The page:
Thursday, April 28, 2011

Anyone Still Using a Typewriter?

I think we can find a few people to reply to this post, can't we?

Drop a (typewritten) note to:

Don Worthington
c/o Rock Hill Herald
P.O. Box 11707
Rock Hill, SC 29731
USA

"Please include phone numbers with your correspondence." Those of you luddites who own a phone, anyway. ;-)

Wednesday, April 27, 2011

The Typewriter Is Dead, Long Live The Typewriter

Typewriters are in the news again, this time in a well-circulated piece about the last manual typewriter factory in India nearing the end of their stock of "new" machines. My feed reader first sniffed it out on the Daily Express web site, but I'm not sure if this is the origin of the story, and it most certainly won't be the last incarnation of this tale. Like a game of "telephone," it seems to be picking up variations with each retelling.

I think it's no surprise to anyone here that manual typewriters aren't being made in the numbers they once were, and those that are made today are typically poor shadows of the quality of their forebears. I think one of the reasons this story has such motive power around the 'nets is that everyone is surprised they're being made at all in any form. They are, of course, for although it may be a sign of Ye Olde Times Gone By, and The Way Things Used To Be But Aren't Any More Thank God, the lowly typewriter still exists in countless offices and businesses, doing what it does best: put words on a page, fill out a label, or complete a form.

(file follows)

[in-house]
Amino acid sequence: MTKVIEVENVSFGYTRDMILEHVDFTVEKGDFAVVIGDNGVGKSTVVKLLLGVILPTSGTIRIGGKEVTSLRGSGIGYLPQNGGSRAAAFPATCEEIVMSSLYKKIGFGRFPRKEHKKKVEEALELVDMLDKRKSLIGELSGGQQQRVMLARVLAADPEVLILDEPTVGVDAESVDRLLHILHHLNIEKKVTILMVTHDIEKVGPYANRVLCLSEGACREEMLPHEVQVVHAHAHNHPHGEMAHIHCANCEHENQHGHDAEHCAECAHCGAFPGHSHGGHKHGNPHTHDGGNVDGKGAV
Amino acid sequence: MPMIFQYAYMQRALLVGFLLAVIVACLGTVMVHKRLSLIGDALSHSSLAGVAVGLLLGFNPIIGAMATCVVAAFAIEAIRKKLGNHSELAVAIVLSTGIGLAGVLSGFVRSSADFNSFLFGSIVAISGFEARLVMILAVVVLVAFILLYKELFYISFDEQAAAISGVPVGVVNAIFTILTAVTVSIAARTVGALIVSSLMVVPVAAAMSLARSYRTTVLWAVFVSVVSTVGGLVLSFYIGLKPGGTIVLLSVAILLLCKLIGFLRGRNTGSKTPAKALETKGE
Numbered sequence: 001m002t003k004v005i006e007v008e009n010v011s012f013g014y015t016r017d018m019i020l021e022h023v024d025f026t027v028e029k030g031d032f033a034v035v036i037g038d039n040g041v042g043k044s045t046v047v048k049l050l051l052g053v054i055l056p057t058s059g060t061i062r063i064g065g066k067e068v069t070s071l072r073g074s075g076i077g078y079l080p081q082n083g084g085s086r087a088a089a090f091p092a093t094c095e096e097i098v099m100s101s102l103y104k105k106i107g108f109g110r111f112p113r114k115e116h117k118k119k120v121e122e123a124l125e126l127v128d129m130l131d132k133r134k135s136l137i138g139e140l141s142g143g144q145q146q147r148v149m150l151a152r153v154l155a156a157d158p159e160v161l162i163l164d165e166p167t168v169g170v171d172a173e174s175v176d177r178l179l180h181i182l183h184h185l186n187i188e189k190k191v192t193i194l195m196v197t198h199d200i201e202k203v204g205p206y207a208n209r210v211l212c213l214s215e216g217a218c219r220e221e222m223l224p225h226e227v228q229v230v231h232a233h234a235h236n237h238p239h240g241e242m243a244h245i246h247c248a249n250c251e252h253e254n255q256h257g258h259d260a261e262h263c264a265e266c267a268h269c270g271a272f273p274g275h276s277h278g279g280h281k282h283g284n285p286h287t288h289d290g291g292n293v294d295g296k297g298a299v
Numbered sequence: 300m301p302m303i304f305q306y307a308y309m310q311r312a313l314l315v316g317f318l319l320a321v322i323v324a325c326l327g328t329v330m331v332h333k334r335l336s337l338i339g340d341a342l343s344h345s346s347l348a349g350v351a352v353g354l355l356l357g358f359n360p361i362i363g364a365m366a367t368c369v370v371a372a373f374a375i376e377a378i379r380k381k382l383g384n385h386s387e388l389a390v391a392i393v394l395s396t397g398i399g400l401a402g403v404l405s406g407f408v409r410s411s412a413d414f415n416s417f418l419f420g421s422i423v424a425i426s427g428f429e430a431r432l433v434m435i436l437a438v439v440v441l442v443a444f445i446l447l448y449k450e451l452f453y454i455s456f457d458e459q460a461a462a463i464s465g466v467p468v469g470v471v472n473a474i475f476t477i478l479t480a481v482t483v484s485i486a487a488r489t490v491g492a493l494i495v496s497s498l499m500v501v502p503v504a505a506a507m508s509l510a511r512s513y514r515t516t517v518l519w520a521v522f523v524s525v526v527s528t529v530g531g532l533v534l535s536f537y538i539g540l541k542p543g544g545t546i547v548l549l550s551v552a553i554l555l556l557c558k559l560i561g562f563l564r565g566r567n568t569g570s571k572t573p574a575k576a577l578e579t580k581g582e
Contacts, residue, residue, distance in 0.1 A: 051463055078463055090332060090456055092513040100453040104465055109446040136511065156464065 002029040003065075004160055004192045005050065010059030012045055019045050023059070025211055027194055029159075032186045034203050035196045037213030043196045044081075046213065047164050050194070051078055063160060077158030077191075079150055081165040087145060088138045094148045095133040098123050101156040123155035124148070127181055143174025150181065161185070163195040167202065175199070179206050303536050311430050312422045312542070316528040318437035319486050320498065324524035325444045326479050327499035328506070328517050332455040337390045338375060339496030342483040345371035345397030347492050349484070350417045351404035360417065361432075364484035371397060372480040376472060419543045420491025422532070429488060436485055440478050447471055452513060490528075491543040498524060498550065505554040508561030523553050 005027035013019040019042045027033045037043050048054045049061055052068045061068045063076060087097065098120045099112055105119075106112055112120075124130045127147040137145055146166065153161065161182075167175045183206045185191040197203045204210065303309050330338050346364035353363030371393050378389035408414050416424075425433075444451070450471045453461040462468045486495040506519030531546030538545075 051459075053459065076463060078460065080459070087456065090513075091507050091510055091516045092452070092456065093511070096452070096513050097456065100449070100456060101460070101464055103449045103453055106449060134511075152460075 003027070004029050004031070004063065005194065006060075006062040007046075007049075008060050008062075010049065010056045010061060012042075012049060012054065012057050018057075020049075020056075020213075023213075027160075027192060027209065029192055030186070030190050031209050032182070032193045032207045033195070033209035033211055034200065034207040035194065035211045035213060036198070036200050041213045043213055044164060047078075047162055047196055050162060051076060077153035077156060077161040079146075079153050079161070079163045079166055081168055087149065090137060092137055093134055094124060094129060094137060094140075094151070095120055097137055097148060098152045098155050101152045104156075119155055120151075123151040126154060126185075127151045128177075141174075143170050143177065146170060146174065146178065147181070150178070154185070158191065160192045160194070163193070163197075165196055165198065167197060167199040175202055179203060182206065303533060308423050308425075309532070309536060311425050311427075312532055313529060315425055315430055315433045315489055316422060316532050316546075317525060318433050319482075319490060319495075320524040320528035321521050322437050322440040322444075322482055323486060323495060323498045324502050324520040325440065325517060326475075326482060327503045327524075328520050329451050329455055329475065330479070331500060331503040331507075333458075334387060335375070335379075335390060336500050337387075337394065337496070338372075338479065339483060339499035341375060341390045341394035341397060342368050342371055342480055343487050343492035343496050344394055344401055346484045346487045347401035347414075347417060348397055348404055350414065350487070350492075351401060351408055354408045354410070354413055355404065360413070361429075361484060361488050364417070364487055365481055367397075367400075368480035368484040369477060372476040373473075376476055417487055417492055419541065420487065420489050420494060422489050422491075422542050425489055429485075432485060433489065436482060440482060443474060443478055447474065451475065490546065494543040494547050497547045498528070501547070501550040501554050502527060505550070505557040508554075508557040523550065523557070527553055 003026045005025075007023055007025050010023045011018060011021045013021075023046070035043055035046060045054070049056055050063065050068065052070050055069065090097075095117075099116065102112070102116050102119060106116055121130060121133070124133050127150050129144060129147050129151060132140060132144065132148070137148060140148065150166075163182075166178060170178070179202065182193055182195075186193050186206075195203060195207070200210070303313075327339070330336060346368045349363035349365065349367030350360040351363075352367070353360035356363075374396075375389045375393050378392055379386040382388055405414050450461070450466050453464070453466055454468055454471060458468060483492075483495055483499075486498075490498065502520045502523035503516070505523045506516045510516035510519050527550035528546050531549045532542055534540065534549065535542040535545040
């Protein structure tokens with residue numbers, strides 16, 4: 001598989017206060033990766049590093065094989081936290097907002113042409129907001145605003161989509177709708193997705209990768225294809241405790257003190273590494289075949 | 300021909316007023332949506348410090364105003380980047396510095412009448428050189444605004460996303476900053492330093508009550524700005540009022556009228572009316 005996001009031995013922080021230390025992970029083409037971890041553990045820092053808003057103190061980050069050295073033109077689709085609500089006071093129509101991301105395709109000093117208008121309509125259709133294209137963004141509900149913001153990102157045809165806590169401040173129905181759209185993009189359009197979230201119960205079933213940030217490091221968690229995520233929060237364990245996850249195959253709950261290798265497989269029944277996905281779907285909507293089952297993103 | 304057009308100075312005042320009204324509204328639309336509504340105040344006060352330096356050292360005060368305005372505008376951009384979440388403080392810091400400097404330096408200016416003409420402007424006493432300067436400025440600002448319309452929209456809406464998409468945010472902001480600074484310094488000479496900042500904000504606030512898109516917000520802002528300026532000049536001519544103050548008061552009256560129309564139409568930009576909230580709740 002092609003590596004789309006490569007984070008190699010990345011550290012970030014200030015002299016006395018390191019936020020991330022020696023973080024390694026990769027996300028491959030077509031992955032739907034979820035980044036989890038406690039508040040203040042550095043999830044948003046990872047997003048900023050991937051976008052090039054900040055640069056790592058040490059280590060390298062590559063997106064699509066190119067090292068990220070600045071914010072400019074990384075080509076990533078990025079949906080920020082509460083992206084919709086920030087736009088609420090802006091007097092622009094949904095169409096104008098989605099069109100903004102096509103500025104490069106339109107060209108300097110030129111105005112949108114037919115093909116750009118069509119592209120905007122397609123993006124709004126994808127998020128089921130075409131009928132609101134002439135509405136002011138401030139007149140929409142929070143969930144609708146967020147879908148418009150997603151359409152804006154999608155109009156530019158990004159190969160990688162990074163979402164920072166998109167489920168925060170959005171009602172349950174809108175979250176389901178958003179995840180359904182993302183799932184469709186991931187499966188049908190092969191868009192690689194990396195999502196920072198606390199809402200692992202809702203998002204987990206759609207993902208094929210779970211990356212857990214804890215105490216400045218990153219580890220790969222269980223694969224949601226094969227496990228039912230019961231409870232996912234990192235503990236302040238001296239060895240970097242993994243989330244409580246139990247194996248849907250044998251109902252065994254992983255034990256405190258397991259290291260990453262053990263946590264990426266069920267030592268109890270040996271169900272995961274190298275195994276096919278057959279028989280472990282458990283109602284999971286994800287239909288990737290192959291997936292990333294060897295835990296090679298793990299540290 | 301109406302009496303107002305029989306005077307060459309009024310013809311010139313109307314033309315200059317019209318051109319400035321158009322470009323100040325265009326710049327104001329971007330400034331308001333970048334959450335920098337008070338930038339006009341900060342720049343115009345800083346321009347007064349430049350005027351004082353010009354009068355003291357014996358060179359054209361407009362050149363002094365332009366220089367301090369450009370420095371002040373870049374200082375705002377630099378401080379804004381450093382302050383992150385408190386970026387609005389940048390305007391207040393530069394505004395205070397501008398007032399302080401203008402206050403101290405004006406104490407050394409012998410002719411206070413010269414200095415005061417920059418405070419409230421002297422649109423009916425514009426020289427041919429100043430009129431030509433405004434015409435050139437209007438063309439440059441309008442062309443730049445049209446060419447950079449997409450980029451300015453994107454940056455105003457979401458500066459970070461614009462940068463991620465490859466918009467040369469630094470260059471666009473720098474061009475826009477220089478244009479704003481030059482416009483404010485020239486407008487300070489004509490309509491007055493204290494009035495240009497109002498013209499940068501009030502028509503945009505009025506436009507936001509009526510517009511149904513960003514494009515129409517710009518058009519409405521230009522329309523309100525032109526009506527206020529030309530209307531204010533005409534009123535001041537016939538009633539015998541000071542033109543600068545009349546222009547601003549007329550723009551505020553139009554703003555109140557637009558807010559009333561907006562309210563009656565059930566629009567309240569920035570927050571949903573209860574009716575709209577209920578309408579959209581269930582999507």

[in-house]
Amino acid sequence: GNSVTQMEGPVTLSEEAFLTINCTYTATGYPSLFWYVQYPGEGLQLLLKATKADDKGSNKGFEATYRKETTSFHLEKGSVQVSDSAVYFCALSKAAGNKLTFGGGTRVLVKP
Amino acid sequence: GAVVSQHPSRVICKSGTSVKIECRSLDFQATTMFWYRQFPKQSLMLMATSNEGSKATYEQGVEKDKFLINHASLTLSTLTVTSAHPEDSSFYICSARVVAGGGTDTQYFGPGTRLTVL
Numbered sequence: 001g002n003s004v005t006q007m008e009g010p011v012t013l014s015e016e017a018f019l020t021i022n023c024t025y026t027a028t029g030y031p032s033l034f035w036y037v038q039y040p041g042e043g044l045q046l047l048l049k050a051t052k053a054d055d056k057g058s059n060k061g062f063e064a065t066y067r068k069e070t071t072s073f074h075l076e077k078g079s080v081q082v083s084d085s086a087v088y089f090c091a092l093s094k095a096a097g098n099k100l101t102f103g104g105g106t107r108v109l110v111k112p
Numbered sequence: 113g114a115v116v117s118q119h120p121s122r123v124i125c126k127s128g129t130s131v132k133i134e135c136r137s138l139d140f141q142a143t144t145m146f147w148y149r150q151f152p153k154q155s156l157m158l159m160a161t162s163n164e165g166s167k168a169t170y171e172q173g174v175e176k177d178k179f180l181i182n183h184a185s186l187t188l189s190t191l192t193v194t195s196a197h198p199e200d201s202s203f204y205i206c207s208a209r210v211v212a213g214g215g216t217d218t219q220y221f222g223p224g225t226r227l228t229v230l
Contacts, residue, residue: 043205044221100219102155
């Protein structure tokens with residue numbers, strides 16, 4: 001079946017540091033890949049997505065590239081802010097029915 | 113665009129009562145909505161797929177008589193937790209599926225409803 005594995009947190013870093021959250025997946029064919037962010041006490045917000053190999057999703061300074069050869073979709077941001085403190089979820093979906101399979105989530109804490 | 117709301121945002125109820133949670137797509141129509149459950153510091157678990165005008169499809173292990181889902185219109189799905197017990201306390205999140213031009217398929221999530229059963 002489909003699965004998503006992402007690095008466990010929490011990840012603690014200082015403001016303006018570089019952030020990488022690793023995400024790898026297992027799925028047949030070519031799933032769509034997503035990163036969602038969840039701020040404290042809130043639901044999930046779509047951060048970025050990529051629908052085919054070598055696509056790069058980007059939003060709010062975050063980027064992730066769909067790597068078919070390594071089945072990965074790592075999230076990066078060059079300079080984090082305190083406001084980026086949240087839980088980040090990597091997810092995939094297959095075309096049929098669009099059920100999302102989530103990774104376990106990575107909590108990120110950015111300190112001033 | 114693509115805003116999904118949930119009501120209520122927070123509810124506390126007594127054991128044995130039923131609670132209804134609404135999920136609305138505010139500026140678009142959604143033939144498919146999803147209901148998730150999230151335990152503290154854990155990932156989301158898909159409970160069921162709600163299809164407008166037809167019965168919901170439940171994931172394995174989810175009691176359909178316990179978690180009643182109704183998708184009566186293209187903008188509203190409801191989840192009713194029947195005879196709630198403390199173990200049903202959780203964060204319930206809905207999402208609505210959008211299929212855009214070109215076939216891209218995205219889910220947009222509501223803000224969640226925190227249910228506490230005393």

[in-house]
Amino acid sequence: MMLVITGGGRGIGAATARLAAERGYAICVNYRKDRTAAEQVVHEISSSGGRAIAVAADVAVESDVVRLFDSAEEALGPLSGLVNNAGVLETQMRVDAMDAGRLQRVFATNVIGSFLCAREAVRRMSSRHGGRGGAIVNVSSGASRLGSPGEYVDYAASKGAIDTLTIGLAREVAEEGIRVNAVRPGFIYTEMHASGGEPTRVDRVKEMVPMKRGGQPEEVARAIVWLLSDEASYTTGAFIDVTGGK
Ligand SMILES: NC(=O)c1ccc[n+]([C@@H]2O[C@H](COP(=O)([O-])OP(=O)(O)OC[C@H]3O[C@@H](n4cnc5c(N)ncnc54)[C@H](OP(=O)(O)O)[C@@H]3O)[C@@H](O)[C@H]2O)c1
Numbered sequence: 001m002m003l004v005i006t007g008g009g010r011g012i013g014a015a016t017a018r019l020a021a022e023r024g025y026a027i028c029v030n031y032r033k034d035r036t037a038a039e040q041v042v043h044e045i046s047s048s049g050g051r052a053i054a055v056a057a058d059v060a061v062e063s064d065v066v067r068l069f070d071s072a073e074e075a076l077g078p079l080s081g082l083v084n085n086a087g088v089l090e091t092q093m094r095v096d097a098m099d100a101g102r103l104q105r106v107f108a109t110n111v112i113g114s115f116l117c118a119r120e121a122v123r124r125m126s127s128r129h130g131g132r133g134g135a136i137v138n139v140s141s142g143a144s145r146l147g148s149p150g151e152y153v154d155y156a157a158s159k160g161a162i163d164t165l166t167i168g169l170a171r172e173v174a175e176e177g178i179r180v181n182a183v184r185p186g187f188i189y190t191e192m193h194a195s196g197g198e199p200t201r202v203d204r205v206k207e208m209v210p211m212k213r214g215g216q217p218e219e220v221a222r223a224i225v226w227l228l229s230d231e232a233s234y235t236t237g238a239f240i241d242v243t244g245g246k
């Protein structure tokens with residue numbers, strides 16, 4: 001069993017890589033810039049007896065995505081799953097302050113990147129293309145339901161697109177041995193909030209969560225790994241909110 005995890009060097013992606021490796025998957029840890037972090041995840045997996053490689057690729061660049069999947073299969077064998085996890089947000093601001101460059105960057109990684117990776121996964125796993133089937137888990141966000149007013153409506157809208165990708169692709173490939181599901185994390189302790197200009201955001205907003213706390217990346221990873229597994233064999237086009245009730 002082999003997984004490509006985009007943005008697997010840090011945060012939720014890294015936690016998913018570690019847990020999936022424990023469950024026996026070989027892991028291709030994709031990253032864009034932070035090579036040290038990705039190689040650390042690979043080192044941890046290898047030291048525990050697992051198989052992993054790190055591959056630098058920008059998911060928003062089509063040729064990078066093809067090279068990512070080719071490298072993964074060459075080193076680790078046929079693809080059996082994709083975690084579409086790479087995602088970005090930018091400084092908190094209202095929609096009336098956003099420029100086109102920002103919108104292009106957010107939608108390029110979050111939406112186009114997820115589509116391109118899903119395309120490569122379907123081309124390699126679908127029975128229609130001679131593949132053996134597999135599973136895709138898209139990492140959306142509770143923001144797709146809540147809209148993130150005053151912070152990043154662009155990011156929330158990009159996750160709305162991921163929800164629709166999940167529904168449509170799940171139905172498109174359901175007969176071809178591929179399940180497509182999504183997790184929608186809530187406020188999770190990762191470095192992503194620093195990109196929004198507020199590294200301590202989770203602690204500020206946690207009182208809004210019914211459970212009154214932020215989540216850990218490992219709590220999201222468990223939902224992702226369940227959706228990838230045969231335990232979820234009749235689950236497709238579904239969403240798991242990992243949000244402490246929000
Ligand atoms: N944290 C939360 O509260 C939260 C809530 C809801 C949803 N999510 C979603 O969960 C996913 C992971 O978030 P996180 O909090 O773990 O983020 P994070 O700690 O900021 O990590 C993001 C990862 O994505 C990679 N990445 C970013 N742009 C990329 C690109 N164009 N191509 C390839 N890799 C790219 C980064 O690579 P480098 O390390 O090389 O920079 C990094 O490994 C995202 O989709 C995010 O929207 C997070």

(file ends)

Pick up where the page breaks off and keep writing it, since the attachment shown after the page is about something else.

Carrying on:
The backlash stories are starting now, fueled by manufacturers like Swintec who want to assure the world that they're feeling fine, thank you, and not gone yet. My own inbox has been collecting links from well-meaning friends and family who know about my little, ahem, typewriter problem. It doesn't bother me, though, inaccurate as the piece ultimately is. I know that typewriters as we're using them are a dead technology, and I know that we're keeping them alive at the same time.

Keep blogging, everybody. Keep holding those type-ins and scouring those flea markets and sending letters and winning converts. The technology may be dead, but the community is just getting started.

Sunday, April 24, 2011

The Origin of "Typecasting"

Did you know that the term "typecasting" was apparently coined by Paul Lagasse in this blog entry from September 20, 2005?

His blog, Sotto Voce, is still going, and he's still typecasting. Good going, Paul.

Wednesday, April 20, 2011

CBC interview with Matt Cidoni

Don't miss the CBC interview with Matt Cidoni about typewriters and the typosphere. (April 20th episode of "Q," starting around 1:00.)

I'm so glad this is a Canadian show. A typical American talk radio personality would have been rude, mocking, and hasty.

News Links

I've kept an RSS feed of Google news stories featuring the word "typewriter" for a while now, and maybe every tenth story or so is relevant (most often the typewriter is used as a cultural touchstone of "times long gone by.") Today I had the wise idea to try a search for "Typosphere" and lo! The stories are plentiful. So much so that I've added a new "In The News" section to the page, over there on the left, just below the members. The recent NY Times article is there, plus a few others. As I write this, the top three links feature fellow typospherians:
Blogger seems to limit this gadget to the five most recent stories, but I'll see if I can tweak that: the layout has the space, certainly.

Monday, April 18, 2011

Towards a multi-lingual typosphere?

The NY Times article really created quite a spin-off. Recently, German on-line platform imgriff.com wrote a very nice article on the on-going typosphere activities.